3. The average fuel burn (ie kg/hr) for the cruise portion of the flight was around 25% higher than predicted by PFPX under similar weight and OAT conditions. Other than the speed issue noted above, it may be that the Aerosoft bus fuel burn is not modeled so accurately (ie as a function of weight, OAT, etc).
  4. I also noticed that the actual flight commenced descent well before the TOD point in PFPX (ie at TIMTO the actual flight was at FL252 whereas in PFPX it was still in cruise at FL380 at this point). Also the flight log shows a very strong wind of 101kts at TIMTO which is higher than the PFPX profile. A longer, slower descent would add to the fuel usage especially if there was more low level maneuvering than what PFPX assumes for the descent profile.

Anyway, hope this is helpful in the analysis!

Kind regards,

Michael.

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10 minutes ago, Mklemme said:

I noticed in the PFPX OFP that the mach speed is .78 at TABAX and KOMUT, but then it starts to decrease to .74 by TIMTO. If the actual flight was flown at constant .78 this could explain the increased fuel burn after KOMUT. It's could also be a conversion issue with how Cost Index 35 translates to TAS/M# in the Aerosoft FMC logic v. what's in the PFPX profile.

By the way, thank you for this notice, I haven't paid much attention to that because the flight time was almost the same. I'll check it out right away.

 

The function of cost index also determines lower speeds at lower weights when the cost index is within typical flight ops range (0-40).

 

Anyway, it is a planning issue because MNPS area requires Mach Number Technique (flying with a determined constant Mach No.).

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Hello again! Sorry for the late reply and once again thanks for your help.

 

inlovewithBoeing

 

Quote

Such high discrepancy on B777 is abnormal, too. Normally, it can be in range of several hundred kilos on a 10+ hour segment and is often covered enough by contingency fuel.

That was my mistake and I didn't notice that. When I said that I usually have a discrepancy of around 2000kg, I wrote one more 0 than I should. Normally I land with about 150-300kg below or above the planned fuel at destination, which I consider it within acceptable values and as you said, it's always within contingency fuel limits.

 

Quote

2. The discrepancy begins to increase rapidly after descent to FL380 and entry into the oceanic airspace. It is:

-0.5 t at 3820N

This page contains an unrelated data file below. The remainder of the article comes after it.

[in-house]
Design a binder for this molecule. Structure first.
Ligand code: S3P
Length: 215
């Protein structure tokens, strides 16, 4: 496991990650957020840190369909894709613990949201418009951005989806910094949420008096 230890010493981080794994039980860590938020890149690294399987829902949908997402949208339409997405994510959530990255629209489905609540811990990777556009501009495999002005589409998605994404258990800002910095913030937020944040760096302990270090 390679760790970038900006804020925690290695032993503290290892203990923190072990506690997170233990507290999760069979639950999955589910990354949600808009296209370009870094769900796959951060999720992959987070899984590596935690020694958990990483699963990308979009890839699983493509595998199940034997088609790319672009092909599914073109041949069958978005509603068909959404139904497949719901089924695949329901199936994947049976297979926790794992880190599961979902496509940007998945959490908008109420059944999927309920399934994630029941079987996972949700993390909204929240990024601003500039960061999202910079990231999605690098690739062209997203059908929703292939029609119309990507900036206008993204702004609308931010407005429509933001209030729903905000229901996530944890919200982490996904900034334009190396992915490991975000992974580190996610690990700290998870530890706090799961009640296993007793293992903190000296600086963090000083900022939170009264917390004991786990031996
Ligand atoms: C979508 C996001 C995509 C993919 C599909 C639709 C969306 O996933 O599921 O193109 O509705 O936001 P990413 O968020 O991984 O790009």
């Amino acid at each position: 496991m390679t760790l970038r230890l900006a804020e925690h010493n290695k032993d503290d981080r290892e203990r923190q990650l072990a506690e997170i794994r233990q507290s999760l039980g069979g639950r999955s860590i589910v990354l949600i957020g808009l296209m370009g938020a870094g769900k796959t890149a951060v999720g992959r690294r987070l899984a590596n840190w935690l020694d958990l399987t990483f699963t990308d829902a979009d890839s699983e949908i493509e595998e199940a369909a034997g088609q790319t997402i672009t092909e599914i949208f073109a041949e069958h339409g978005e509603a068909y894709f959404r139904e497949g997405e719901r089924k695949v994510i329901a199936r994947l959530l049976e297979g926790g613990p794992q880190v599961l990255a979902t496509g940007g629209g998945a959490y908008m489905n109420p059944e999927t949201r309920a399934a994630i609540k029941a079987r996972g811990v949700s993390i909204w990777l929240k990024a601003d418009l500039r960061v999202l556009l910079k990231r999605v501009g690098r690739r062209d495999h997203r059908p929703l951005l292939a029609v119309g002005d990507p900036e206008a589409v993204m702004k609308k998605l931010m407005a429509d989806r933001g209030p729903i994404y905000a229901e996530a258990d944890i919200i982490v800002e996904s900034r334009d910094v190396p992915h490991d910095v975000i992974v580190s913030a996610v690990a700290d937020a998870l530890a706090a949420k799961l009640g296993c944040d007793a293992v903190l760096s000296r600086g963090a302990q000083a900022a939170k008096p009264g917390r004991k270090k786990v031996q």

-0.7 t at BEKUN

-0.8 t at VMG

 

Was there anything special during this part?

Regarding 2. after descending from FL390 to FL380 I had an imbalance of ~300kg between left and right engine (Aerosoft Airbus' known bug of one engine consuming +50kg/h than the other), so I used X-Feed to get things a bit more balanced. X-Feed is also known to consume some extra fuel in this Airbus pack. However I had X-Feed activated for only a couple of minutes (1 or 2 max). Now, after KOMUT, besides of descending from FL390 > 380 I should also maintain a constant speed of M.78 as I was entering oceanic airspace, as oposed to a speed calculated in accordance with CI35. So, in short, the only "event" after KOMUT was the use of X-Feed, as both the descent and speed adjustmen was included and calculated by PFPX.

 

Quote

3. The actual winds in flightsim enroute were approximately the same as in OFP in velocity, however their heading appears to be more westerly than calculated resulting in slightly higher headwind component. The cost index function on modern aircrafts is designed that way to increase or decrease economic speed depending on the components to keep the flight time closer to the computed CI.

 

The winds themselves can play some role, but for more precision in order to compare the directions I'll need the magnetic declinations, as long as all enroute wind data is always provided in true headings.

Regarding the highlited part, I don't know where to get that from :blush:

 

Quote

4. A very early descent into LPHR. 

OFP reads that the TOD point should have been after TIMTO intsc, however you've started your descent somewhere after VMG. You've also burnt almost thrice more fuel on descent than required (approx 0.7 - 0.8 t instead of calculated 0.3 - 0,4 t).

I started the descent at the TOD calculated by the MCDU. Started descending only four miles before the MCDU's calculated TOD. To be honest, I didn't check the TOD calculated by PFPX and haven't noticed that discrepancy myself.

 

Quote

You can always make an experiment to check it. You may calculate the flight in ISA and zero wind (option in PFPX weather settings) and complete a flight in ISA and zero wind. When we exclude the weather, we get the model and airmaship factors.